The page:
Huw Thomas explains how the G8 summit events can be made real for children.
The huge "Make Poverty History" demonstration in Edinburgh, which is targeting the G8 summit of the world's richest leaders, is a week away.
Over the course of that week 210,000 children will die as a result of such poverty.
As these days pass there are a few activities we can put on in our schools to raise children's awareness of the event and play a part in the campaign.
Wherever you are going to be on July 2, here are some things we can all do in primary schools next week.
Explain: our kids will see it on the news, but we are their teachers. Try explaining who these eight leaders are and what the campaign wants them to do.
Whether it is a diagram on the board or cuttings from the paper, teachers all have their own ways of communicating. In my case it was eight kids at the front of assembly, all pretending to be a world leader, with one of them acting out Tony Blair, taking our message to the meeting.
Wear: many schools have sold white bands from one of the agencies, and the wristband craze seems to reach up beyond the elbow. This week why not ask your class to make white bands out of paper. They can decorate them with their own message to our world leaders, then wear it at the weekend.
Strip: once you have done the wrist, what other bands can you make? White paper strips can be versatile - can you make one all around the walls of the classroom or the school hall, sporting the "make poverty history" message in various lettering styles and colours? You could translate and write it in as many languages as possible.
And while we are thinking visible white bands, why not make some white paper-chains to mark the event?
Write: it is not too late to send a message to Downing Street. Early next week you can ask your children to put their thoughts on to a letter or postcard and send them off. The family of Catholic schools in Sheffield despatched the largest postcard ever sent to Downing Street, calling on the Prime Minister to push forward moves to provide primary education for all.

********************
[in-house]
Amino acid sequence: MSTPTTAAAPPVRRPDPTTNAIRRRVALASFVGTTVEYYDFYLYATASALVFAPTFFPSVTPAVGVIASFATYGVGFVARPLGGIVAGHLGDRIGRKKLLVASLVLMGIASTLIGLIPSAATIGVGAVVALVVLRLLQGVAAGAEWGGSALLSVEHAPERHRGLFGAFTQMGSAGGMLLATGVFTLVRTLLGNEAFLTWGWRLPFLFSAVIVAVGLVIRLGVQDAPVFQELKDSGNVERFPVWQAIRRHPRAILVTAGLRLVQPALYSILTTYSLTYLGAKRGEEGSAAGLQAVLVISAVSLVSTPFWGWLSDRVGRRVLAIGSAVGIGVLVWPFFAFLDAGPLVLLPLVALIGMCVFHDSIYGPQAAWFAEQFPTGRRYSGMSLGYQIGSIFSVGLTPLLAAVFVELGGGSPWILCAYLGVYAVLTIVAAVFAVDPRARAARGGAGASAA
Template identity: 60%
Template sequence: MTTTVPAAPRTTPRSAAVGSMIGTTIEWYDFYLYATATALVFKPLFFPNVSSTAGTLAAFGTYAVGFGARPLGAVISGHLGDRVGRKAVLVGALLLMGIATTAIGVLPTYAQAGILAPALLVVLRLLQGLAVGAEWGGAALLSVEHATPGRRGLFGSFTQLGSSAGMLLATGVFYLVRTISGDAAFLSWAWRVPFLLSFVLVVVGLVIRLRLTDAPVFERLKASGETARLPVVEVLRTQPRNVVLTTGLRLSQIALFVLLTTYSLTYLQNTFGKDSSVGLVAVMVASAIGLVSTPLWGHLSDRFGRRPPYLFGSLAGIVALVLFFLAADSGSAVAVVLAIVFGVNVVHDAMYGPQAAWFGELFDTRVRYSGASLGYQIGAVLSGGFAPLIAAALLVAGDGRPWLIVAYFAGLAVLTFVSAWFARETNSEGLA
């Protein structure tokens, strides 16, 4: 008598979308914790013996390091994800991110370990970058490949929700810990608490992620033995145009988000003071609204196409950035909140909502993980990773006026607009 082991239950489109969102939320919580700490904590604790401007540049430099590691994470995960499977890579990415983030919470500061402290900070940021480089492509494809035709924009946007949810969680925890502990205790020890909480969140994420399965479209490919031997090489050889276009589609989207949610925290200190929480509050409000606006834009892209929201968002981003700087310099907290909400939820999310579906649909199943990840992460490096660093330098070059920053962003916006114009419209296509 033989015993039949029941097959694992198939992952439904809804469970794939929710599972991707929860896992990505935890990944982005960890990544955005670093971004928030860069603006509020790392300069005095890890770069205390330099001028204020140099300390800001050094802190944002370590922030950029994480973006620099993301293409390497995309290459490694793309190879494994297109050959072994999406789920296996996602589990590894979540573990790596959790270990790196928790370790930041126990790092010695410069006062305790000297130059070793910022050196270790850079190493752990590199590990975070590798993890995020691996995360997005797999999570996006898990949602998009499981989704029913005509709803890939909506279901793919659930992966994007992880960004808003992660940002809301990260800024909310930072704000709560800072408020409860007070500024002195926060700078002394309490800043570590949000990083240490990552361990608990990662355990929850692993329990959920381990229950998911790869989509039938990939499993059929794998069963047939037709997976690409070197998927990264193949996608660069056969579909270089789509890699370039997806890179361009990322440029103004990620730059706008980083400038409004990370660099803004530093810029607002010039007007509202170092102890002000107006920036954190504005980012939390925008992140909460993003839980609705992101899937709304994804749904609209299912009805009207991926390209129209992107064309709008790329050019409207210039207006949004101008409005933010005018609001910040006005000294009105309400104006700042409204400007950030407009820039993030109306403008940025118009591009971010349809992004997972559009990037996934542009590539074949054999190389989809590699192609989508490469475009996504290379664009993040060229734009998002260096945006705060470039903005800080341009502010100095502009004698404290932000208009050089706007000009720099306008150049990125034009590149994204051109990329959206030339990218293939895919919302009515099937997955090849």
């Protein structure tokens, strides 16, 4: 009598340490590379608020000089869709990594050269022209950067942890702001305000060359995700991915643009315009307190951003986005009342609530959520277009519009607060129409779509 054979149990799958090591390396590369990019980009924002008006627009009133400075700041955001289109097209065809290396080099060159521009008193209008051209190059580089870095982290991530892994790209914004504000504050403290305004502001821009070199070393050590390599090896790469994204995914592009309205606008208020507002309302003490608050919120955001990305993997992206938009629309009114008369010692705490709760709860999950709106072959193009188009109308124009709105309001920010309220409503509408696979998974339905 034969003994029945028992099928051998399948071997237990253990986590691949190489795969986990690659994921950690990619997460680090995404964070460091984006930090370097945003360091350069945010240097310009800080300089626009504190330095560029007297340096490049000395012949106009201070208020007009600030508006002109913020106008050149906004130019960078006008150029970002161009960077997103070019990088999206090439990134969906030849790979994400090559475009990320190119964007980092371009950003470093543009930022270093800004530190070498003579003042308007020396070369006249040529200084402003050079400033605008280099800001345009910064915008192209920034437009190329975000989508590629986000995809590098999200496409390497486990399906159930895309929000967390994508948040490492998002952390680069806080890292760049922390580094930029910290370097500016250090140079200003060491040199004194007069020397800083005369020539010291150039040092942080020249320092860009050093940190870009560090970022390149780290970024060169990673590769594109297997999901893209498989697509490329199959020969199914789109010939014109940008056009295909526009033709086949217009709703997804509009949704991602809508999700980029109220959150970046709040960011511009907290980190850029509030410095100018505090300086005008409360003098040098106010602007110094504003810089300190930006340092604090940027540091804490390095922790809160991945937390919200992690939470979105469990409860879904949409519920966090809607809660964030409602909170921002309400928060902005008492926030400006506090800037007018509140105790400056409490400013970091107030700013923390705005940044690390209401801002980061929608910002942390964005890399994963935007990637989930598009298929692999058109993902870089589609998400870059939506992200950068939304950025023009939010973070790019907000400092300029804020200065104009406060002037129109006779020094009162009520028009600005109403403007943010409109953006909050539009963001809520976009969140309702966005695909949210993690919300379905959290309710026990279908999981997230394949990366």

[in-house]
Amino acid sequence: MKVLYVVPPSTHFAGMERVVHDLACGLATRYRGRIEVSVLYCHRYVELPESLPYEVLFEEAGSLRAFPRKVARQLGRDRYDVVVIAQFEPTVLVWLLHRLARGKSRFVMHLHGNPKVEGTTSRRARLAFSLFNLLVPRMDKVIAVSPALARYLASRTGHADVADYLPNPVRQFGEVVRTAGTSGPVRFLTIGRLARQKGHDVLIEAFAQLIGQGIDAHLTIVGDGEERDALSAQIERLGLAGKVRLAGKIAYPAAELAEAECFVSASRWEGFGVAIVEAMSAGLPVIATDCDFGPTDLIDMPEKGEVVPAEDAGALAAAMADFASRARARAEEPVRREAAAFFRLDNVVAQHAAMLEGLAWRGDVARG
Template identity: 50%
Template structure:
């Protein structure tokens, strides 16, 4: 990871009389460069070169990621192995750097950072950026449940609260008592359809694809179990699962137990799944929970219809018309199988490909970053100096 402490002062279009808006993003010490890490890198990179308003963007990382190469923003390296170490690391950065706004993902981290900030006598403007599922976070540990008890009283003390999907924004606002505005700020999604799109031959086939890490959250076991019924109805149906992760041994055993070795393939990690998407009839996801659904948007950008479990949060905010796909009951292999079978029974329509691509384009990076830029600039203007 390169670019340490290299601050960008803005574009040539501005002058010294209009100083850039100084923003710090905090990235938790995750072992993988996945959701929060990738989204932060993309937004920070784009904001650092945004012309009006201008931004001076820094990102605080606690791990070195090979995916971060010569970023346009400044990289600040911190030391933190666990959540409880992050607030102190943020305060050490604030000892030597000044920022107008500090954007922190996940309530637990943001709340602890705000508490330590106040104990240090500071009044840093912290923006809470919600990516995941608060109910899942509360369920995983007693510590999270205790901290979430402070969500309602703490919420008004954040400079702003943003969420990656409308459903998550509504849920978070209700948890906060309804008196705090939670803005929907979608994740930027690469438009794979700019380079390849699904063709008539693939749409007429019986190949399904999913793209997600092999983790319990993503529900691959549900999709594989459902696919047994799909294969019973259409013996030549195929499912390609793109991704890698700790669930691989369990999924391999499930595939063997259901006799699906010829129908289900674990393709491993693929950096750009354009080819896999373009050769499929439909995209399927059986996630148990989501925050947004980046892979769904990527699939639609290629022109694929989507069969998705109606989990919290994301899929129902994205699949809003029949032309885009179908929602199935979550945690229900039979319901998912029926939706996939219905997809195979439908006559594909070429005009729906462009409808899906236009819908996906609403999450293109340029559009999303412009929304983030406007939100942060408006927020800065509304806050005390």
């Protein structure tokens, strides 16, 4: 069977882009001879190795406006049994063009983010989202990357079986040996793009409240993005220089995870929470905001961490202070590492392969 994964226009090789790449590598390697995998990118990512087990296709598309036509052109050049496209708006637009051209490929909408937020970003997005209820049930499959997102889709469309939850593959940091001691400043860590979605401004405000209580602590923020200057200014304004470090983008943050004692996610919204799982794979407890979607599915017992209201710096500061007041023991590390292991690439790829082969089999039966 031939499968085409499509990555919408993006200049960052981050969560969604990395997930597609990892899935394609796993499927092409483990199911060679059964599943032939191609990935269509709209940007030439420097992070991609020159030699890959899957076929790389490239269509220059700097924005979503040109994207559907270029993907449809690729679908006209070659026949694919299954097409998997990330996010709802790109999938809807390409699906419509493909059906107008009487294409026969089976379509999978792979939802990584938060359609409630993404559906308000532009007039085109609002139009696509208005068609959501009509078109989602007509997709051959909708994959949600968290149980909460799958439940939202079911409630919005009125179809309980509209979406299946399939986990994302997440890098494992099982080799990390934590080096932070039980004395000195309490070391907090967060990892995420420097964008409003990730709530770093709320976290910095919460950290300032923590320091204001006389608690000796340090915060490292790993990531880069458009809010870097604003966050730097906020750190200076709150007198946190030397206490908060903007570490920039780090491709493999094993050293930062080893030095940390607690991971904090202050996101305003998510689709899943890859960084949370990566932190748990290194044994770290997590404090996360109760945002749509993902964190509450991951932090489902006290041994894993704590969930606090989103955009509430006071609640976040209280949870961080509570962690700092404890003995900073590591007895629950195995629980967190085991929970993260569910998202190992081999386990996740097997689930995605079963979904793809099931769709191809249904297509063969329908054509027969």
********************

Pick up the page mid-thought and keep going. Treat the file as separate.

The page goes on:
Big it up: you are in a school and it has windows. I know of one school where they are using the prominence of their windows, looking out over the city, and creating huge letters that spell out the poverty message to all who may be passing. Find a set of windows and create your own large letters, sending the message outwards to parents and passers-by.
Sing: while Edinburgh marches, London will be singing. You may not have made it through the text lottery for a Live8 ticket, but you could still organise your own talent concert at school, interspersing the acts with messages about the campaign.
Do something: our children are in primary school at the start of a drive to eradicate poverty, and it is our job to inspire them. Make it fun and focused on the issues but, this week, do something.
Follow through: after the G8, turn this into a meaningful, long-term commitment by making a partnership with a school in Africa. Swap artwork, letters, do joint projects, and send teachers to visit each other's school as a living resource. You will be amazed what you can learn from each other and how it will benefit both schools.
Huw Thomas is a primary headteacher in Sheffieldwww.tes.co.ukMake_the_Link